Thursday, March 12, 2009

Last day of the session: Howard Stephenson pushes a 75% reduction of corporate income tax late fees at the cost of 3 million education dollars a year

Take a look at the legislative calendar for the last day of the session. If you click on the box labeled Senate Bills under the House menu, you will see the queue of Senate bills waiting to be considered by the Utah House of Representatives today. There are two consecutive bills by Senator and registered lobbyist for the Utah Taxpayers Association (A euphemism for Utah Big Business Tax Reduction At All Costs Advocacy Association), Howard Stephenson, SB 186 and SB 64.

Senate Bill 64

SB 64 had already been on my "to blog" list, but Rolly beat me to it the other day. When I had first checked out the bill after seeing it pop up, I read the first few lines of the text through the "Highlighted Provisions" and just started laughing. To anyone following Gehrke's and Rolly's coverage last December of Stephenson unethically advocating for state contracts for ProCert , the intent is obvious. (Those 2 links lead to just the comments from the articles because of the Trib's lame archival policy. I'll post the text to the articles and an editorial in the next few weeks when I review the controversy and explain why "professional textbook review" is a total crap corporate giveaway.) The legislature would form an Administrative Rules Review Committee composed of 10 permanent legislators, plus 4 leaders of specific committees for each bill review, to check if state employees are acting legally (line 55), to ensure that they "comply with legislative intent" and that the legislature is allowed to slowly usurp the executive branch's functions(line 56), to certify that business taxes go down (lines 57-58), and to badger the State Office of Education to hire ProCert. The bill curiously has no fiscal note even though it requires this new committee of up to 14 legislators to meet once a month (lines 35-37), and I highly doubt they'll be meeting without receiving their per diem. Finally, the bill gives this mini-inquisition of intent power to spend their time examining basically anything they want:
60 (c) (i) To carry out these duties, the committee may examine any other issues that it
61 considers necessary.

Senate Bill 186

And as bad as that is, SB 186 could be worse. I'm trying to be fair and not claim dishonest intent without sound evidence, but the bill was certainly not presented accurately by its sponsor nor vetted completely by the Senate committee or body. Help me here. Listen to the audio (Click on "Senate Revenue and Taxation Committee 2/18" under the Audio Recordings of Debates heading. When 17:49 of audio pops up, just know that only the first 8 minutes concern SB 186). Does Senator Stephenson mislead the Senate Revenue and Taxation Standing Committee about the larger impact of a nice little bill to encourage individuals to pay their late taxes promptly?

0:00 Sen. Stephenson starts out, speaking from the committee dais of a committee he sits on rather than taking the floor, and says that "the bill in large part was brought by the tax commission," but then mentions that "tax practitioners" (What or who does that mean? Those members of the UTA who pay taxes?) asked for a reduction from 2% to .5% in late fees "for failing to pay certain income taxes." Senator Business Lobbyist doesn't mention that these are largely corporate franchise and income taxes and avoids the topic for the rest of the bill's hearing.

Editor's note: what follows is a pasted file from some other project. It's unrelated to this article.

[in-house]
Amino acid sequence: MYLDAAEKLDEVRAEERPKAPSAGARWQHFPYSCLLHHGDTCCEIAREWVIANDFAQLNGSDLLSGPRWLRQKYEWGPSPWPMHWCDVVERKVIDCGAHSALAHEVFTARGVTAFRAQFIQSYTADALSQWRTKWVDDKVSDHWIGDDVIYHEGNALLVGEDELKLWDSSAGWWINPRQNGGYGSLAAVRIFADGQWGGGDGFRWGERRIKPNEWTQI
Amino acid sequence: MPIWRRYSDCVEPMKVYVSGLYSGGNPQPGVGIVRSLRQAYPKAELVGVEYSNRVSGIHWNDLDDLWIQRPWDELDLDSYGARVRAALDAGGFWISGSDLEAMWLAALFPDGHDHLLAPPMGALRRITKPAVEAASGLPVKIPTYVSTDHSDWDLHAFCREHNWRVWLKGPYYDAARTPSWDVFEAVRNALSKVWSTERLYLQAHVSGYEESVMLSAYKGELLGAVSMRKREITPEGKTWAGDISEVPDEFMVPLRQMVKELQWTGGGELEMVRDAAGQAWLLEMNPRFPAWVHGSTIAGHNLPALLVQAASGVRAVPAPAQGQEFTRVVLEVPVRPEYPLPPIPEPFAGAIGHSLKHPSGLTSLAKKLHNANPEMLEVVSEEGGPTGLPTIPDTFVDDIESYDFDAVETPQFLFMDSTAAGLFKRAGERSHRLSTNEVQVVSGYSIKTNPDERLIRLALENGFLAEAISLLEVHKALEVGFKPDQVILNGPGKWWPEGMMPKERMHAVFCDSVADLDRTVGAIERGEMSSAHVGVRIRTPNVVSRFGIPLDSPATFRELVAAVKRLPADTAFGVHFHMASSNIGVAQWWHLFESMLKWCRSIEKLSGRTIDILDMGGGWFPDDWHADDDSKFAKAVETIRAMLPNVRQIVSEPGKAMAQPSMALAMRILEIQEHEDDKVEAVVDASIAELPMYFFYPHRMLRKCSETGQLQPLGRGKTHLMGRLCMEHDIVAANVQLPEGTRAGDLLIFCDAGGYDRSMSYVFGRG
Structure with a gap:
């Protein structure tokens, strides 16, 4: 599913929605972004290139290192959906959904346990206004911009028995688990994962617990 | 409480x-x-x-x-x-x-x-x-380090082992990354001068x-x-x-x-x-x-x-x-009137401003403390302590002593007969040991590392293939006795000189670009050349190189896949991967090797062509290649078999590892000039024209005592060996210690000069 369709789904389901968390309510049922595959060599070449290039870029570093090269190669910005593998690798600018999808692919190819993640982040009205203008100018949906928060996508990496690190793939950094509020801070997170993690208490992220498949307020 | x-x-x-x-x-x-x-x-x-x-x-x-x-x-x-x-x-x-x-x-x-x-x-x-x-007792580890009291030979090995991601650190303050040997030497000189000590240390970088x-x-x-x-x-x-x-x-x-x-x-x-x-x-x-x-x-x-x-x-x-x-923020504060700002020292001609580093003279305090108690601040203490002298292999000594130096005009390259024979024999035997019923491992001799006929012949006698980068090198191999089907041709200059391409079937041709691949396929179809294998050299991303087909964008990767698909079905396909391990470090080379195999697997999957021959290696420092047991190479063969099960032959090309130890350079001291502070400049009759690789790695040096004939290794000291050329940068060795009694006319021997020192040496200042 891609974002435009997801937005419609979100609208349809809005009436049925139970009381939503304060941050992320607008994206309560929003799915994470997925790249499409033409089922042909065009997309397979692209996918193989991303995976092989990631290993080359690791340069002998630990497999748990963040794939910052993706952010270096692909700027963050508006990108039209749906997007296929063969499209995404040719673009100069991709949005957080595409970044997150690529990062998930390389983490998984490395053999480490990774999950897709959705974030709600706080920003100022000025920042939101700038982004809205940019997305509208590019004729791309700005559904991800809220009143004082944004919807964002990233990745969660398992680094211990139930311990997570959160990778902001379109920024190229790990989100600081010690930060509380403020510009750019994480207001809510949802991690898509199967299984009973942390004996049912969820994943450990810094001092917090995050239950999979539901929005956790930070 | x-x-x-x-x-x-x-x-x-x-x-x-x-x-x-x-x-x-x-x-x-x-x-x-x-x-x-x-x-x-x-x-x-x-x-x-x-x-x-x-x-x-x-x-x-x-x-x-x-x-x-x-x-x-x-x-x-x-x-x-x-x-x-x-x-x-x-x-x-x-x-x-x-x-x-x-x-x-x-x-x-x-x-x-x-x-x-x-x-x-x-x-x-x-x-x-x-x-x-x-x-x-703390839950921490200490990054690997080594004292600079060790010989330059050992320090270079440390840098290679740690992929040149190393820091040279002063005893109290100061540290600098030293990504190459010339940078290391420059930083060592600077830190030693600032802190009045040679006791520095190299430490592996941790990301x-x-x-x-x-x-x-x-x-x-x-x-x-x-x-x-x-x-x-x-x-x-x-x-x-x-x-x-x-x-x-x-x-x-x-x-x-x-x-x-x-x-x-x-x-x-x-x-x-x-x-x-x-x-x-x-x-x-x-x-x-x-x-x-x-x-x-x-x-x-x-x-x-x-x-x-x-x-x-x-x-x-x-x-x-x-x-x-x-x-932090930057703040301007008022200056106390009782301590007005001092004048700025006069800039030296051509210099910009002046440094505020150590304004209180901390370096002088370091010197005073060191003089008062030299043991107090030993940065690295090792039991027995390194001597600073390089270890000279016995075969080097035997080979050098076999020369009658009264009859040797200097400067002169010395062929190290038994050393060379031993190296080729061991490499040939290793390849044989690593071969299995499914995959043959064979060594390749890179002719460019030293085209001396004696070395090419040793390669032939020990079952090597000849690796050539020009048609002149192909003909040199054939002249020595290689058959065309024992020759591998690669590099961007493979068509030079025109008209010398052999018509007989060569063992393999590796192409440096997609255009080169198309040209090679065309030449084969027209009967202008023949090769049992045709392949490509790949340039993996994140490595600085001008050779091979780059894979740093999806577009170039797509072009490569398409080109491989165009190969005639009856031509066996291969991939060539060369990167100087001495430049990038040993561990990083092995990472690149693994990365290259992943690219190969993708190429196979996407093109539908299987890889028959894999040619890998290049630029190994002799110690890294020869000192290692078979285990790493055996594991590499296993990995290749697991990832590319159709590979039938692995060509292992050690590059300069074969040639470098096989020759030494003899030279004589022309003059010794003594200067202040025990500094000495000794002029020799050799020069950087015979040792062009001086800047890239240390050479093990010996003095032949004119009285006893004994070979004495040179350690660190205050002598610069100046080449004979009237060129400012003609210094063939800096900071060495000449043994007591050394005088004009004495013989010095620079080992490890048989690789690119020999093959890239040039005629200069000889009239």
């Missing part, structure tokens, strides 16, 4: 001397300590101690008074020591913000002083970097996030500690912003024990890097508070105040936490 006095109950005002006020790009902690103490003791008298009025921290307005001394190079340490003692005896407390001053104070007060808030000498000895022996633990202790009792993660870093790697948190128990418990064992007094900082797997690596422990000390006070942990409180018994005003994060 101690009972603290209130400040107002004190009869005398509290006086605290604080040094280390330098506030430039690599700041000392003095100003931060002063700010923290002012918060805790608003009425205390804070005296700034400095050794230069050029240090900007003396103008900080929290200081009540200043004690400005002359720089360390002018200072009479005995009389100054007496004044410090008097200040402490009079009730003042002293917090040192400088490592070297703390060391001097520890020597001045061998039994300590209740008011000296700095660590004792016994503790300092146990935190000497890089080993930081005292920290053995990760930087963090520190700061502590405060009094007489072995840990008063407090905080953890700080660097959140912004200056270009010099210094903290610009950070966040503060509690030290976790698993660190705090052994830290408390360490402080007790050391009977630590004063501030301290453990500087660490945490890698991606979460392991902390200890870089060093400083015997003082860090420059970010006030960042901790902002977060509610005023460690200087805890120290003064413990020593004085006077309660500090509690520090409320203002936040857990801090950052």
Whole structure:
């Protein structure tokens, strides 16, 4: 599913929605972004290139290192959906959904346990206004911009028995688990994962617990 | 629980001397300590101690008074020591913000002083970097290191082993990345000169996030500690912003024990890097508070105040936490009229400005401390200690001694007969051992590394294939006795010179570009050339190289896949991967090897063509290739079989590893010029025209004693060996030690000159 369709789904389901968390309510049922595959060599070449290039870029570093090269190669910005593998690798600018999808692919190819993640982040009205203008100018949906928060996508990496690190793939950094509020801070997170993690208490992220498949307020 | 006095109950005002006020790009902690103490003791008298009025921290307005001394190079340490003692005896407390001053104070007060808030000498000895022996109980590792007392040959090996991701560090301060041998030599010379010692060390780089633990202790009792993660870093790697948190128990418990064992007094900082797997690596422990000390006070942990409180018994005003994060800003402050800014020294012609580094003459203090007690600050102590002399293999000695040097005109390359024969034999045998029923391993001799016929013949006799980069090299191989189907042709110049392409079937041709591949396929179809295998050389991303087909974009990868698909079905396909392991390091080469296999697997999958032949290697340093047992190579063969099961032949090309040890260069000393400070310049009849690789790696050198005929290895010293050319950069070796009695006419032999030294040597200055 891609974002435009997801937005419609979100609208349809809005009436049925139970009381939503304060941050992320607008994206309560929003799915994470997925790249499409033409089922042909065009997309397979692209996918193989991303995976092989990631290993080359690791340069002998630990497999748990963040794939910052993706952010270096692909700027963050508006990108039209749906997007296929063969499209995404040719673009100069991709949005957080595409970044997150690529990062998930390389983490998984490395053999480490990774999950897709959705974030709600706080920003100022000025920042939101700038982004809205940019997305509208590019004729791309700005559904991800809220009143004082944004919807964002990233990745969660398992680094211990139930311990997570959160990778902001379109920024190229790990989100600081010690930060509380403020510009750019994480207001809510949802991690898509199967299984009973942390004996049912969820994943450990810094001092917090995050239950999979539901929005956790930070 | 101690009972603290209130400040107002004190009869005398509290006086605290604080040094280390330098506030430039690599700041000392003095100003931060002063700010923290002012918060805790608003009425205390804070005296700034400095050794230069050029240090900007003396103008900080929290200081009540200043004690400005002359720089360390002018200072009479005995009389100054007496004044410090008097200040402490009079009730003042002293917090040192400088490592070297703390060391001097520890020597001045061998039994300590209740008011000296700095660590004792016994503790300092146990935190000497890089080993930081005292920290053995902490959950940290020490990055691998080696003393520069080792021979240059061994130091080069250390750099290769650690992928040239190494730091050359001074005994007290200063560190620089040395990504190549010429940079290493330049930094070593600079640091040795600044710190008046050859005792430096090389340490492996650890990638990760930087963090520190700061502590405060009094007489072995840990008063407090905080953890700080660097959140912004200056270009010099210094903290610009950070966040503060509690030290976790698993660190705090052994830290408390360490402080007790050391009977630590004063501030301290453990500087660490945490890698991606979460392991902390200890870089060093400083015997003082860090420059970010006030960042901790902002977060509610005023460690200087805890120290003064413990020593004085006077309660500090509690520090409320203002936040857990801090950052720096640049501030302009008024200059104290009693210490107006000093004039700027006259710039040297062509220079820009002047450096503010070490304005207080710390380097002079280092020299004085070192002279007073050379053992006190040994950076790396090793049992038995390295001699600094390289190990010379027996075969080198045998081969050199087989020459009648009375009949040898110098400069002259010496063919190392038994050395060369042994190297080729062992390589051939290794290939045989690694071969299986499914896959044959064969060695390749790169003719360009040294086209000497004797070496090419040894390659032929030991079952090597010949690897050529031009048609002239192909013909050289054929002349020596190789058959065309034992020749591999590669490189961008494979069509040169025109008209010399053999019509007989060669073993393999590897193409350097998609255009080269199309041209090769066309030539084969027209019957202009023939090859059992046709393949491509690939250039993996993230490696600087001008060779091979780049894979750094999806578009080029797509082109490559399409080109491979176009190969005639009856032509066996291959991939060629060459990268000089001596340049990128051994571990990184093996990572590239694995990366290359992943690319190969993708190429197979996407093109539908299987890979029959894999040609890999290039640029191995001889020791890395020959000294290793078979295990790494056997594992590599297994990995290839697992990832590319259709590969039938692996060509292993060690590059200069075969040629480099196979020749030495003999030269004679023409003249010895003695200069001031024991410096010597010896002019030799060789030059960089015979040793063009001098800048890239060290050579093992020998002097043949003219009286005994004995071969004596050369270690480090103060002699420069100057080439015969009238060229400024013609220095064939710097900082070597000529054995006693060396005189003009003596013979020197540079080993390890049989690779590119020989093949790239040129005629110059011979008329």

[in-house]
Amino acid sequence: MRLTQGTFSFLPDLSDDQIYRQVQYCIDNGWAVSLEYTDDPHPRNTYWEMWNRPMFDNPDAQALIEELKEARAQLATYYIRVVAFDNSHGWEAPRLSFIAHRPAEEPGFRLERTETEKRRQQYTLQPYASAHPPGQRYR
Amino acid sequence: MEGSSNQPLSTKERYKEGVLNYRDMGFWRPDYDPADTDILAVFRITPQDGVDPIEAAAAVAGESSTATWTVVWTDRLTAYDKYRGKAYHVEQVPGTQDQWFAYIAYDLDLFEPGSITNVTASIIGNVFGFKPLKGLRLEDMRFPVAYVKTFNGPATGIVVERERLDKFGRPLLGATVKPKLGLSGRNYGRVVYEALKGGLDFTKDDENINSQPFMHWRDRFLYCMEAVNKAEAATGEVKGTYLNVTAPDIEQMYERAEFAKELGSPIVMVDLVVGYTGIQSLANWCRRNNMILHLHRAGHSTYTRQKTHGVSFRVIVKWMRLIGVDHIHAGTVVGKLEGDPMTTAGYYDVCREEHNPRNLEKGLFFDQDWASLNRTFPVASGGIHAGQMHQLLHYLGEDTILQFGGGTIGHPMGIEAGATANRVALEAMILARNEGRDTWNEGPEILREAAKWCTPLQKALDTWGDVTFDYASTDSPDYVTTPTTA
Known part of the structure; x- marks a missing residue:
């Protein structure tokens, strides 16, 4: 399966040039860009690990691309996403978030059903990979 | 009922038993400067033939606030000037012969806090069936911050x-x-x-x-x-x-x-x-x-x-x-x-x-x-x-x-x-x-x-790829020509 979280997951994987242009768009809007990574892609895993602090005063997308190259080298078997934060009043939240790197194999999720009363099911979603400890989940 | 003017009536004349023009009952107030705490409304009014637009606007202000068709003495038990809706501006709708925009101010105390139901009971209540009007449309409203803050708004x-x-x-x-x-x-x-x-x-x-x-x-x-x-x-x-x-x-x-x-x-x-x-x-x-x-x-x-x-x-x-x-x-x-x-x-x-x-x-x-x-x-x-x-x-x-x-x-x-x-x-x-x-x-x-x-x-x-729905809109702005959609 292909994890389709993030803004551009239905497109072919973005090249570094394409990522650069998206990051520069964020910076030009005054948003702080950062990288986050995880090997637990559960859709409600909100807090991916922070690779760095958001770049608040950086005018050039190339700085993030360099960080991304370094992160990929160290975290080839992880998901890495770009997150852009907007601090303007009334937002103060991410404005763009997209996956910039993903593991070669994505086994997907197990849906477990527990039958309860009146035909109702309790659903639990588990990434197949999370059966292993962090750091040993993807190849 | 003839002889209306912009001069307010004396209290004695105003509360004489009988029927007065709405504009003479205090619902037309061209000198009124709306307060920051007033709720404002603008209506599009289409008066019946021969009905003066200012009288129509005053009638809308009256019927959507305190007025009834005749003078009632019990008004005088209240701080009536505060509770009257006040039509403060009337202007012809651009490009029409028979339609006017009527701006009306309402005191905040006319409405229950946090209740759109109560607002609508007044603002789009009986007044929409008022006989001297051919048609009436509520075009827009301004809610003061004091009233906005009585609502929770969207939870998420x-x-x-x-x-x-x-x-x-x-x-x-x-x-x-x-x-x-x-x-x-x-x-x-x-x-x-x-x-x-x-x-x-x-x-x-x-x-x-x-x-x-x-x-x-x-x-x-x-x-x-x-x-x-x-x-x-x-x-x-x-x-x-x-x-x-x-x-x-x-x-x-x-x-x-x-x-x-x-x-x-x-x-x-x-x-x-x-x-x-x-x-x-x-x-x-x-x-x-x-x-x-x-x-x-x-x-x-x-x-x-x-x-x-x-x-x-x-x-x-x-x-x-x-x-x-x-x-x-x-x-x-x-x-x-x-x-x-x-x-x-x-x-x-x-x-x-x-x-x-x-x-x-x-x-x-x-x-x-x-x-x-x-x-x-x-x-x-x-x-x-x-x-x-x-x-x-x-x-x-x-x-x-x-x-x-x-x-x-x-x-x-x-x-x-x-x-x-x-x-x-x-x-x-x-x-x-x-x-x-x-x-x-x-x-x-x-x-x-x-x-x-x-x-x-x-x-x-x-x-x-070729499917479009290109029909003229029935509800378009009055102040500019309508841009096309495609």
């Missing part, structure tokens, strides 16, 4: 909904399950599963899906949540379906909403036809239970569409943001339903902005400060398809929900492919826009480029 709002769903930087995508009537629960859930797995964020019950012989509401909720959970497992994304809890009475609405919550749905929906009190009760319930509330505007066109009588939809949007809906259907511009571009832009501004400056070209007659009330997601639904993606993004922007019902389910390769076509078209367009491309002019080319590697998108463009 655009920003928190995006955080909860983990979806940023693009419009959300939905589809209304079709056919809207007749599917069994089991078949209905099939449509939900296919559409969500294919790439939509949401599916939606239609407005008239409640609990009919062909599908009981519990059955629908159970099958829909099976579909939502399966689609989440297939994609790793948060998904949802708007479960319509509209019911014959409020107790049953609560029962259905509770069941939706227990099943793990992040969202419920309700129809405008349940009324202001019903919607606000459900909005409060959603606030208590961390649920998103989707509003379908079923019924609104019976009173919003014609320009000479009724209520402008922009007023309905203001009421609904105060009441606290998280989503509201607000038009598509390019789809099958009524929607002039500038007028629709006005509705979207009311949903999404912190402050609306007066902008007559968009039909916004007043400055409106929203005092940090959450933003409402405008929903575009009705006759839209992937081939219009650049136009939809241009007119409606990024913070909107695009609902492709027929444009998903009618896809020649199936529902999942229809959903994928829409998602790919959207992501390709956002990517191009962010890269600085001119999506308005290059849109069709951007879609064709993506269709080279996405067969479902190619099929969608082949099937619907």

From about :30 to 2:30 in the recording: He invites a tax official, Bruce Johnson, to explain the innoucous, common sense part of the bill . They are giving individuals submitting their taxes late a break for the first 15 late days, allowing them to pay less than the normal 10% late fee in order to encourage rapid submission. Plus, they are coordinating with a new computerized tax system, GenTax. Lines 67-313 of the bill deal with this graduated partial grace period. That sounds fine, but I was looking at the enormous fiscal note and wondering how cutting the late fees on people for a few days was going to cost the education fund over 3 million dollars a year.

2:34 Sen. Neiderhauser asks Stephenson if the bill has a fiscal note.

2:37-3:13 Sen. Stephenson says he doesn't know, gets handed an incorrect fiscal note for a couple hundred thousand dollars total cost in 2010 and 2011 (which from things said later in the recording, I believe shows the cost of just the 15 days reduction in penalties for individuals proposed and discussed by the Utah Tax Commission), and is unable to decide if the lost revenue is from the General Fund as he first claims or the Education Fund (income tax), which I also believe also shows his change from the original intent since Bruce Johnson firmly thought it was a General Fund reduction.

He then takes awhile to explain that passing this before the GenTax system comes on line is important.

4:47-6:23 THE INFURIATING PART Senator Valentine both illustrates the potential for a committee to thoroughly examine proposed legislation and weigh its ramifications...AND the "You scratch my back..." mentality of "I don't want to hold up the bill" even though I have no idea how much it costs and it is obvious the sponsor has no idea either.

. - 4:47 Sen. Valentine asks about lines 322 and 326-330 and explains that those heretofore undiscussed corporate franchise and income tax late fee cuts, as well as penalty reductions for late individual income taxes, come out of the Education Fund. I start to see where the $3 million cost was coming from.

. - 5:25-5:56 Sen. Stephenson is confused by the dates in that updated portion of the bill. Sen. Valentine reads the bill quickly and accurately and explains that the penalty rate reduction from 2% a month to .5% a month in income tax is the source of the reduction in revenue for the bill from the Education Fund.

. - 5:57-6:09 More evidence that Stephenson subverted the bill. Bruce Johnson of the tax commission pipes up and says "That was the reduction in rate that you added Senator and I didn't look at that...but it would appear to me that it should be education funds." He had no idea about the intent or effects of Stephenson's business-friendly "additions" which clearly DID NOT apply to his explanation of the original intent of the bill. I am very, very suspicious as to why Sen. Stephenson would not understand that cutting the penalty on large, corporate income taxes by 75% per month would have a huge net effect on state income. In fact, from his testimony, it appears that Stephenson is largely unfamiliar with that part of the bill and I suspect the corporate franchise and income tax penalty reduction was a late business lobby addition after the original bill went to the Legislative Fiscal Analyst and came back with the smaller general fund reductions mentioned around the 2:45 mark.